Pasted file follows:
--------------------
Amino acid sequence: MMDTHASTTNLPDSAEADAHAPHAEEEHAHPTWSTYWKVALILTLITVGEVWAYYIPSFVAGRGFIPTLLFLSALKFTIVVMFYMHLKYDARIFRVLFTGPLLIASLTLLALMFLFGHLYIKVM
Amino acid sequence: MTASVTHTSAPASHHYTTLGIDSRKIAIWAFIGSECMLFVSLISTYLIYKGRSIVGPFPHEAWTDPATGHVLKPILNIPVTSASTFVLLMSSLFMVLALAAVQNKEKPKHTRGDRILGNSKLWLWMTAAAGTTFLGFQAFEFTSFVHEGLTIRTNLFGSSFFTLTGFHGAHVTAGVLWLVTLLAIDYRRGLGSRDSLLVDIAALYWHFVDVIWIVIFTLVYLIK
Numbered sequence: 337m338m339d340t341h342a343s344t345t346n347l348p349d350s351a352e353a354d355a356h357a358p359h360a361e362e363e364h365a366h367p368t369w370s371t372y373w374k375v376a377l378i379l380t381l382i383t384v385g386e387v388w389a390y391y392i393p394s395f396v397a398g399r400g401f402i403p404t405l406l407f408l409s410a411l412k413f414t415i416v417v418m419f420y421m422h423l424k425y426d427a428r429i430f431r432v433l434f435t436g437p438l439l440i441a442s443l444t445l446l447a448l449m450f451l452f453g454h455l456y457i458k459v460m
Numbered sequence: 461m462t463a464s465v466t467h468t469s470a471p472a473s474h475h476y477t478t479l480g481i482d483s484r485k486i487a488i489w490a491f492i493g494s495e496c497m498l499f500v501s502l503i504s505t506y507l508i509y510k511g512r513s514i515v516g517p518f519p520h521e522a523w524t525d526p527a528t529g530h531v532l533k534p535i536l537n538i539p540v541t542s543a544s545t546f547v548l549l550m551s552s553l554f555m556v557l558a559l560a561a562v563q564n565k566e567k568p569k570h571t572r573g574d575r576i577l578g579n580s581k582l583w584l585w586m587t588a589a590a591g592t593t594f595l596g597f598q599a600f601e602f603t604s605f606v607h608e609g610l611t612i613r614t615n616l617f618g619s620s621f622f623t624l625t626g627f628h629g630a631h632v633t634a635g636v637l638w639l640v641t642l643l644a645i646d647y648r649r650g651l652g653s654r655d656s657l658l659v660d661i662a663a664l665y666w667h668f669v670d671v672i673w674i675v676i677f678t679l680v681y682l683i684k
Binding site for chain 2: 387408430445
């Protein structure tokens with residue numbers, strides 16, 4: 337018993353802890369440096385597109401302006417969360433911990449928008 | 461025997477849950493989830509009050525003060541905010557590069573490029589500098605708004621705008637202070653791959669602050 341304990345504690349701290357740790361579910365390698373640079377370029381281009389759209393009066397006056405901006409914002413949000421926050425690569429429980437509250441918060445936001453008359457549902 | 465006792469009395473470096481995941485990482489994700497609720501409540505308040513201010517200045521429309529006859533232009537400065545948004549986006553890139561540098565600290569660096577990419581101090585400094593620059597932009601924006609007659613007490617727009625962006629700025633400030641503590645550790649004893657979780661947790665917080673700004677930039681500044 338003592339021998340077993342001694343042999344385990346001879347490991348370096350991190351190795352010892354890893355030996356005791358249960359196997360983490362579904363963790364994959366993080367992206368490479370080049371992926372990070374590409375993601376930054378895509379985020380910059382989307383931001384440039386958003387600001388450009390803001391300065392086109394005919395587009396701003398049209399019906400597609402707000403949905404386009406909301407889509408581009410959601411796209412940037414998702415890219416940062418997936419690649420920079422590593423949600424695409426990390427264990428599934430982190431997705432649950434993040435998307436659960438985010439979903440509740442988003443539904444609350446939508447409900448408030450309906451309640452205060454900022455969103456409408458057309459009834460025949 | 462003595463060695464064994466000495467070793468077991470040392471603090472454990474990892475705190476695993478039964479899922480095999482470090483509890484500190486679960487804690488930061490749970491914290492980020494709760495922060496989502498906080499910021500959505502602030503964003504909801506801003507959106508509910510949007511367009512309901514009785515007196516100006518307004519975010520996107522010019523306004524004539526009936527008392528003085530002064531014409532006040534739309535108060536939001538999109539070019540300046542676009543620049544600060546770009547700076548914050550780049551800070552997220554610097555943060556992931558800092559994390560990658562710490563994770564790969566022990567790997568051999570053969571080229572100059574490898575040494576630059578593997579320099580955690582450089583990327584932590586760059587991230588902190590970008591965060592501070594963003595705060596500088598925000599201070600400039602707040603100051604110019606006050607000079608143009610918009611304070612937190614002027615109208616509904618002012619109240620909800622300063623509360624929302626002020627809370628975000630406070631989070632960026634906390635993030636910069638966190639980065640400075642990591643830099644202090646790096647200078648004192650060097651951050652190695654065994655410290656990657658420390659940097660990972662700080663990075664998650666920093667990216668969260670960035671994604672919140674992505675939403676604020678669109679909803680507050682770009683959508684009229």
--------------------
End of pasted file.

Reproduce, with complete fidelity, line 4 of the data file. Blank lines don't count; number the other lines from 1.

Numbered sequence: 461m462t463a464s465v466t467h468t469s470a471p472a473s474h475h476y477t478t479l480g481i482d483s484r485k486i487a488i489w490a491f492i493g494s495e496c497m498l499f500v501s502l503i504s505t506y507l508i509y510k511g512r513s514i515v516g517p518f519p520h521e522a523w524t525d526p527a528t529g530h531v532l533k534p535i536l537n538i539p540v541t542s543a544s545t546f547v548l549l550m551s552s553l554f555m556v557l558a559l560a561a562v563q564n565k566e567k568p569k570h571t572r573g574d575r576i577l578g579n580s581k582l583w584l585w586m587t588a589a590a591g592t593t594f595l596g597f598q599a600f601e602f603t604s605f606v607h608e609g610l611t612i613r614t615n616l617f618g619s620s621f622f623t624l625t626g627f628h629g630a631h632v633t634a635g636v637l638w639l640v641t642l643l644a645i646d647y648r649r650g651l652g653s654r655d656s657l658l659v660d661i662a663a664l665y666w667h668f669v670d671v672i673w674i675v676i677f678t679l680v681y682l683i684k